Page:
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Universal Primary Education does well on numbers

By Vision Reporter

Added 18th November 2009 03:00 AM

A total of 516,890 pupils sat Primary Leaving Examinations (PLE) this year. This is the first time such a number has been recorded since Universal Primary Education was introduced 12 years ago.

A total of 516,890 pupils sat Primary Leaving Examinations (PLE) this year. This is the first time such a number has been recorded since Universal Primary Education was introduced 12 years ago.

Fortunate Ahimbisibwe

A total of 516,890 pupils sat Primary Leaving Examinations (PLE) this year. This is the first time such a number has been recorded since Universal Primary Education was introduced 12 years ago.

Over the years, there has been an increase in the number of candidates sitting PLE, but the number had not hit the half-a-million mark. Last year, 463,631 candidates sat PLE with an average of 450,000 in the last years.

When the Government introduced UPE in 1997, enrolment more than doubled from 2.5 million in 1996 to 6.5 million in 1997. This was a great achievement, but came along with many challenges associated with overcrowding.

However, many pupils have benefited from the scheme. This is a step towards achieving Education For All (EFA) goals as well as the Millennium Development Goals (MDGs).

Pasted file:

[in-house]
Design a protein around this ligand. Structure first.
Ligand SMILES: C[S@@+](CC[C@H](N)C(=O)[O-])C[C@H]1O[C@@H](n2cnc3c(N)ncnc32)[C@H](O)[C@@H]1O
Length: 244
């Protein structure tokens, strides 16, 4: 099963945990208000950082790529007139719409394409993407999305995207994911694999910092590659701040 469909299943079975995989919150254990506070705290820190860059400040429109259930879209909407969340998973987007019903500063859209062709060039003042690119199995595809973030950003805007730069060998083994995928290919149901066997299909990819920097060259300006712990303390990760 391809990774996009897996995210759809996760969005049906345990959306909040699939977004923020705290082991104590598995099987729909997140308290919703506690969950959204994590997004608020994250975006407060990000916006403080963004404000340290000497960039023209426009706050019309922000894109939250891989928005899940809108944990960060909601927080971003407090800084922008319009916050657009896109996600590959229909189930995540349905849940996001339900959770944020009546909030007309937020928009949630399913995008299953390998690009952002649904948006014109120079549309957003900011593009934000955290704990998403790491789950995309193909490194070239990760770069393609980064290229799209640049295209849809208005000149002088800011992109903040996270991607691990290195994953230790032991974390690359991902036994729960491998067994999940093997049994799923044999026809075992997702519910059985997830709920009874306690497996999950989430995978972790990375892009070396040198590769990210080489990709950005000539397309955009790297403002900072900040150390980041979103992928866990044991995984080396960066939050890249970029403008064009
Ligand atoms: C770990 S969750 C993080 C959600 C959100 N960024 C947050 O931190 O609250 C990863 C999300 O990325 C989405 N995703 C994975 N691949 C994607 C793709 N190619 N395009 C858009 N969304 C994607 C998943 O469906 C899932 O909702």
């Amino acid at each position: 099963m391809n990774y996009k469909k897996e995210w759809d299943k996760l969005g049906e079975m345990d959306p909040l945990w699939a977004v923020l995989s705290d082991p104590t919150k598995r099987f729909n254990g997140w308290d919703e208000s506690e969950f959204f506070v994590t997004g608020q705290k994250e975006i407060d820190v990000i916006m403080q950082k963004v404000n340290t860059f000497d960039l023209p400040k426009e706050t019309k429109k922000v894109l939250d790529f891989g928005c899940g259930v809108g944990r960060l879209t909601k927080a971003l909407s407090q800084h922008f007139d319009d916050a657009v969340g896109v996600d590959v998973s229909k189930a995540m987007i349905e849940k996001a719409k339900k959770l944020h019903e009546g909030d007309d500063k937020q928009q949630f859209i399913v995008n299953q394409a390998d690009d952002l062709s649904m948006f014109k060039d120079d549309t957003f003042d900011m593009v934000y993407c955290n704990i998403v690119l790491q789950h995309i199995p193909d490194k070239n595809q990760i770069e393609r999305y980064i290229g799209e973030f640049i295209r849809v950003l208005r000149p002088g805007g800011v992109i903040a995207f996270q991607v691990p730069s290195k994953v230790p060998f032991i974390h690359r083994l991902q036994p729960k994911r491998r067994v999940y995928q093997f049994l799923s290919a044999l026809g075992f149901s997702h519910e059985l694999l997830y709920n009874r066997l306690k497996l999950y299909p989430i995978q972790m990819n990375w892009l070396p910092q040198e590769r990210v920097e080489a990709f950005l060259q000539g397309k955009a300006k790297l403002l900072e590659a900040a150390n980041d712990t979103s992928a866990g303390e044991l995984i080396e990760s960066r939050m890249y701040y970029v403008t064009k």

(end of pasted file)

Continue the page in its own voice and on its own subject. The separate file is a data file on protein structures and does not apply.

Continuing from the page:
Half-a-million pupils sitting PLE in one year is not a mean achievement. It is proof that the completion rate has improved to more than 60%.

Such a development guarantees that the literacy levels will improve tremendously in the next few years. According to the National Assessment of Progress in Education report 2007, the level of achievement of pupils has been steadily improving in English, literacy, numeracy and oral reading. This is a contributing factor to national development.

The enforcement of the Education Act 2008 should not be underestimated. The ministry has also stepped up inspection by setting up a directorate of inspection. Improved inspection translates into proper utilisation of resources.

The Government and development partners have put in place measures to ensure efficiency at primary level. The measures include increasing teachers’ salaries, training and recruiting more teachers, construction and rehabilitation of new classrooms, distribution and effective utilisation of instructional materials and improved inspection.

The Government is now focused on the challenges such as high pupil-teacher ratio, inadequate classroom space, underutilisation of instructional material, drop out rate, absenteeism for both teachers and pupils, especially in hard to reach areas.

The continued efforts ensure efficiency and effectiveness which will lead to quality education.
The writer is a communications officer, World Bank Project, Ministry of Education and Sports

Universal Primary Education does well on numbers

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